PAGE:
iA


Russ Holthouse Posts

050. Lomo Featured Project: Taco House. Lomo Styles: Vernacular Pompidou.

Although its subject was both populist and endangered, our recent post on the topic of Noyes-pattern Mobil service stations veered into corporate High-Modernist territory through a blurry border-crossing where High and Low meet. Today’s featured project, Taco House at 215 West 8th Street, better reflects the standards of humility to which the Lower Modernisms project […] «Read more»

046. Lomo Featured Project: Erwin Street Commercial Center, Van Nuys.

The Erwin Street Commercial Center (ESCC) at 15500 Erwin Street, Van Nuys, Los Angeles, is a diagram building of unexpected rigor and quality. It resembles an architecture student’s design project – specifically, it looks like about three-quarters of my own studio projects, which had a tendency to expose their structural frames and adorn their exteriors […] «Read more»

040. Lomo Featured Project: Henry’s Tacos, Studio City. Endangered Lomo.

Standing at the corner of Tujunga Avenue and Moorpark Street in Studio City/North Hollywood since 1961, Henry’s Tacos is a taco stand in the literal sense of the term – you conduct your transaction standing at a window. The tacos are “gringo” style. The crunchy taco shells are fried prior to filling, like the ones […] «Read more»

034. Lomo Featured Project: Green Valley Circle Apartments, aka the “Monster Mansard.” Lomo Styles: The Gourmet Mansardic. Essay by Russ Holthouse.

Editor’s Note: Today’s essay is the second contribution to the Lower Modernisms project by Russ Holthouse – his first post was on the topic of Popular Modernism. Russ and I visited the GVCA together on October 30, 2011, and share credit for the photography. I consider the GVCA to be a tremendous find (and please […] «Read more»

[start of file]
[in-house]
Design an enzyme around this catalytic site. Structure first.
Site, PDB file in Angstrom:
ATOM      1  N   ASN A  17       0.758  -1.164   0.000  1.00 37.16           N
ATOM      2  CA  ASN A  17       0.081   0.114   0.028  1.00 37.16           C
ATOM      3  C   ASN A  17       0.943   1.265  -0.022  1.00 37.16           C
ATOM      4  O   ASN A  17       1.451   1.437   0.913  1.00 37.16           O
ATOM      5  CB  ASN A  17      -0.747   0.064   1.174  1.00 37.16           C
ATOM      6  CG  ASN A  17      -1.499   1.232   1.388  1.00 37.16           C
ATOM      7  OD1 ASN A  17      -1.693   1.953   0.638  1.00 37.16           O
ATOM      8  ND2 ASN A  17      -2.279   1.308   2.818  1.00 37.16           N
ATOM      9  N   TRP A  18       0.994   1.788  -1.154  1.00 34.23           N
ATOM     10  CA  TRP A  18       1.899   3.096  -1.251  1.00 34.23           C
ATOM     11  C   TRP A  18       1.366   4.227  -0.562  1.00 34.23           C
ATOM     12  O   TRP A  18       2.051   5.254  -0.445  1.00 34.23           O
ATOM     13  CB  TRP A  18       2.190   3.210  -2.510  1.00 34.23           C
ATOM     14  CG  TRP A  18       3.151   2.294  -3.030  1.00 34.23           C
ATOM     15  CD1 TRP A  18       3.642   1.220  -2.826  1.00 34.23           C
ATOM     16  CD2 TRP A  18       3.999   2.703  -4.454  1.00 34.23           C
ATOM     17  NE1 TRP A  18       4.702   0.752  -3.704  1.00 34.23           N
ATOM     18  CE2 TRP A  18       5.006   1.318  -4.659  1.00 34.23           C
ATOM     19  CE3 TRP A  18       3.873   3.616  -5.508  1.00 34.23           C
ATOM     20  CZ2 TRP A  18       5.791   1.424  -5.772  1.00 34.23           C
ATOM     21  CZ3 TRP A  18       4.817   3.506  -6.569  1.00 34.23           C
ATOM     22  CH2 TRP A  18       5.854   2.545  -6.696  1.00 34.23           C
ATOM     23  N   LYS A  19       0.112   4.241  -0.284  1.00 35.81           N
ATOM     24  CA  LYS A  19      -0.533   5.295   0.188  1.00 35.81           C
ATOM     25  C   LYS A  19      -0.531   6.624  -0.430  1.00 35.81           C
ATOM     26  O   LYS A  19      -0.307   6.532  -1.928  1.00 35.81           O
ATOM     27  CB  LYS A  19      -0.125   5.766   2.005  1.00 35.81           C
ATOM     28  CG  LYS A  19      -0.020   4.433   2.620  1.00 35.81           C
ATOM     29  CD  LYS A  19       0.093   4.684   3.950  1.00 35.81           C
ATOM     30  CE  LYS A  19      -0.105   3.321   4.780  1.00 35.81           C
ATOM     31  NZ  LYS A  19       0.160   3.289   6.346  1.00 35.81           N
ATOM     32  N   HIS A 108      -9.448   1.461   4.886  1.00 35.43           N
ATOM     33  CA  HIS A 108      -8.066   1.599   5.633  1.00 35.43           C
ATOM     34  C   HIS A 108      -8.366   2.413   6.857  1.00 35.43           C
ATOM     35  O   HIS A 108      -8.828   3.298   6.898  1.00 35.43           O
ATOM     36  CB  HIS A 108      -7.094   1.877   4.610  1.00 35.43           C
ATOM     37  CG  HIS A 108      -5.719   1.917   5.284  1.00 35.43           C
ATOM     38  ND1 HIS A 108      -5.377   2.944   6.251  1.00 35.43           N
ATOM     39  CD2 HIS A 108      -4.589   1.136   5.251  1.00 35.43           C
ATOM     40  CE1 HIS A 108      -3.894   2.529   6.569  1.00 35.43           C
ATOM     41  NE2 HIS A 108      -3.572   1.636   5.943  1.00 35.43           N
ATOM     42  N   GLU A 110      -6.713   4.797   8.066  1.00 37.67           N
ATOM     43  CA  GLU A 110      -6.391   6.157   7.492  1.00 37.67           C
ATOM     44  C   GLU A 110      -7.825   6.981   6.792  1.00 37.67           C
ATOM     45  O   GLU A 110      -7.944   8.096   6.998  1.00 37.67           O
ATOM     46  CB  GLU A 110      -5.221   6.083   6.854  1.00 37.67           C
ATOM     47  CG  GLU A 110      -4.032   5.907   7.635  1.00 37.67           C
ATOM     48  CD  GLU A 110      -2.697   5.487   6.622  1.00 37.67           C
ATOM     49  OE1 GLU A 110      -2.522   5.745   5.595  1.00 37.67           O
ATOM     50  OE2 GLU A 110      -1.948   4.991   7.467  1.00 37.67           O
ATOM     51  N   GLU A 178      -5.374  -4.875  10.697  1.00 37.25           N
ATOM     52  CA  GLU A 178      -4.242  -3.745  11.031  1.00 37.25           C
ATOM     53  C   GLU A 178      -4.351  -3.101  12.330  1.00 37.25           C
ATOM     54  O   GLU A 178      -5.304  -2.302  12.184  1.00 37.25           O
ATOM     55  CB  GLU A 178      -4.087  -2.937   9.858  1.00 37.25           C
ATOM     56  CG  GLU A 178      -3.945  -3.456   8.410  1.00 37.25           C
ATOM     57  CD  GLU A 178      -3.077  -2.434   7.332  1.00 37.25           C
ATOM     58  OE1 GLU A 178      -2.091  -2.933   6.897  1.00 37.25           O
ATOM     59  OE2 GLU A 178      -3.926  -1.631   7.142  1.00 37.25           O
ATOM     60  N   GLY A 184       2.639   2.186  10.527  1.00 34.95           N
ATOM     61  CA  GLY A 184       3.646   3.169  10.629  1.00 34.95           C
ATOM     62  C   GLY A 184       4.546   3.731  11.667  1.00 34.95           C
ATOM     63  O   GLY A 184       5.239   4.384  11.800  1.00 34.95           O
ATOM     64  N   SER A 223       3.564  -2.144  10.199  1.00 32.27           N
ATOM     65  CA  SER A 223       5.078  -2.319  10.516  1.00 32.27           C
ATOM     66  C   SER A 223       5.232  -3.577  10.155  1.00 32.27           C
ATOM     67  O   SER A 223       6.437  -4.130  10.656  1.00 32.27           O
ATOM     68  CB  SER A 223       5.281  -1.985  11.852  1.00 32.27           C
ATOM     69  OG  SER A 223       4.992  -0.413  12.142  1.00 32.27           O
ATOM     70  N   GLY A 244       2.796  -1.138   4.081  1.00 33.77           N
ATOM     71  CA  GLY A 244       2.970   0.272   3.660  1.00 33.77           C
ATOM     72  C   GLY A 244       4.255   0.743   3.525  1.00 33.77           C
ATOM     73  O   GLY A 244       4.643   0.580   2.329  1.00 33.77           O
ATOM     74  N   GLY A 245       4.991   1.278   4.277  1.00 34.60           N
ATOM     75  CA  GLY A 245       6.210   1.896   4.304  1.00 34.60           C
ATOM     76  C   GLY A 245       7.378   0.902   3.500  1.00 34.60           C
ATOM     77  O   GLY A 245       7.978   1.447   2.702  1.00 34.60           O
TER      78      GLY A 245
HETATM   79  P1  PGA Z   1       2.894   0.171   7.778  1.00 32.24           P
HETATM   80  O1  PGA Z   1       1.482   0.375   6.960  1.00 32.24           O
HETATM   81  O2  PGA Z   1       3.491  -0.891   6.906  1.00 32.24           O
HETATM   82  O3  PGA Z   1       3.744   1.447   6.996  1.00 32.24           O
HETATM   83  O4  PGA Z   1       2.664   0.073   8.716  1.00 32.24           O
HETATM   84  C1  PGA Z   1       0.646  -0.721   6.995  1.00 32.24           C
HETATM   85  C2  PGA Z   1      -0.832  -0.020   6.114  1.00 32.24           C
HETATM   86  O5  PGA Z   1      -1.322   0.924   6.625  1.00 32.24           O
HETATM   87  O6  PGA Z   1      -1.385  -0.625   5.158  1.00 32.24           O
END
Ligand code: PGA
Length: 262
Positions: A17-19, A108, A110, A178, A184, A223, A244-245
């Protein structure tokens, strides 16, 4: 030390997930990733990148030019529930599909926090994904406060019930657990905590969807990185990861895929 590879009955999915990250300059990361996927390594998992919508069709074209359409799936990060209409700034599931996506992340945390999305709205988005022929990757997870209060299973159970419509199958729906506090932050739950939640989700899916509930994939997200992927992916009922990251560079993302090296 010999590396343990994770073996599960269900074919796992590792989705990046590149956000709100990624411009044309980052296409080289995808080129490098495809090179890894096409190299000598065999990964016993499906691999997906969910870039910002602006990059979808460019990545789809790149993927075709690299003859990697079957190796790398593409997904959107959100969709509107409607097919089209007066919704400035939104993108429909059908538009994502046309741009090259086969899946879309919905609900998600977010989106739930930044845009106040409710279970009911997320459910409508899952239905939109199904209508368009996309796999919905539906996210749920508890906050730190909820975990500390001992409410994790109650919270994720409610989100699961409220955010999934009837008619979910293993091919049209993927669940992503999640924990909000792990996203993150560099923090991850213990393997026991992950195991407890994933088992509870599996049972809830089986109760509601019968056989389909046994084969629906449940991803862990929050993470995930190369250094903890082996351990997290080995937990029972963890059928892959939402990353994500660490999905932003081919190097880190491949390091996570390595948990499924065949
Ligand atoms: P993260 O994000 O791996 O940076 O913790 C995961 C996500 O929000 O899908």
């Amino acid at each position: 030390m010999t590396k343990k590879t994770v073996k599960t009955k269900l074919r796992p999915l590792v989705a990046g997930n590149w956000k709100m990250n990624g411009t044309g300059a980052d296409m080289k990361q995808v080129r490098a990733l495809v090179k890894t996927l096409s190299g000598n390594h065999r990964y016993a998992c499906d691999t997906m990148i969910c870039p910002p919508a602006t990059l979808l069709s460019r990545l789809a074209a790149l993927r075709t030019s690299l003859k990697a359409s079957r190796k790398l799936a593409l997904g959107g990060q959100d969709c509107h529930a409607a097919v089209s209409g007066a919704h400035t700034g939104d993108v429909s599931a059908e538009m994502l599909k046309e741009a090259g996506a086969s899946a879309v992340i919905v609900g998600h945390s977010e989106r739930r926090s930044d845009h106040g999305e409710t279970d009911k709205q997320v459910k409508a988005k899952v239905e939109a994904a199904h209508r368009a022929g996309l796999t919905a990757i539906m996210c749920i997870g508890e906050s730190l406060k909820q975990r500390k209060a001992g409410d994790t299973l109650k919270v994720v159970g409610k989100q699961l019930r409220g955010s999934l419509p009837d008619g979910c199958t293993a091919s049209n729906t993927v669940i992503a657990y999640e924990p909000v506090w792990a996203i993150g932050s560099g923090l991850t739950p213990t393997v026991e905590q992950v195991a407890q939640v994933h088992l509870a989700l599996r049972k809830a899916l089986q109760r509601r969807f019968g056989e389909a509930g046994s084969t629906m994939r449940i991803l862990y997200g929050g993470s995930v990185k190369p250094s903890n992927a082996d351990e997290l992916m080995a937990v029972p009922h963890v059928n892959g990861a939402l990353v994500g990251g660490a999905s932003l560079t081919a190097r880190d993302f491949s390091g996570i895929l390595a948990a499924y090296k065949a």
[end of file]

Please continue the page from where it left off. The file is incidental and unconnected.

022. Lomo Featured Project: Fosters Freeze. Lomo Styles: The Gourmet Mansardic. Lomo Building Types: Fast Food Restaurants.

American fast food restaurant chains hit their major growth spurt in the middle of the century and were a building type intrinsically suited to the Lower Modernist mode. A playful architectural style that was inexpensive, easily replicated and recognizable matched the needs of these restaurants trying to establish the familiarity of their brands and implant […] «Read more»

008. Lomo Manifesto Part 2: Russ Holthouse on Popular Modernism.

Editor’s Note: Today’s post, continuing the dialog about the significance of the Lower Modernisms and contextualizing them as a subset of Popular Modernism, was contributed by Russ Holthouse. Russ is a Los Angeles-based architect, a fellow enthusiast and student of Modernism, and an old friend of mine. -JAB I think what you’ve described as “The […] «Read more»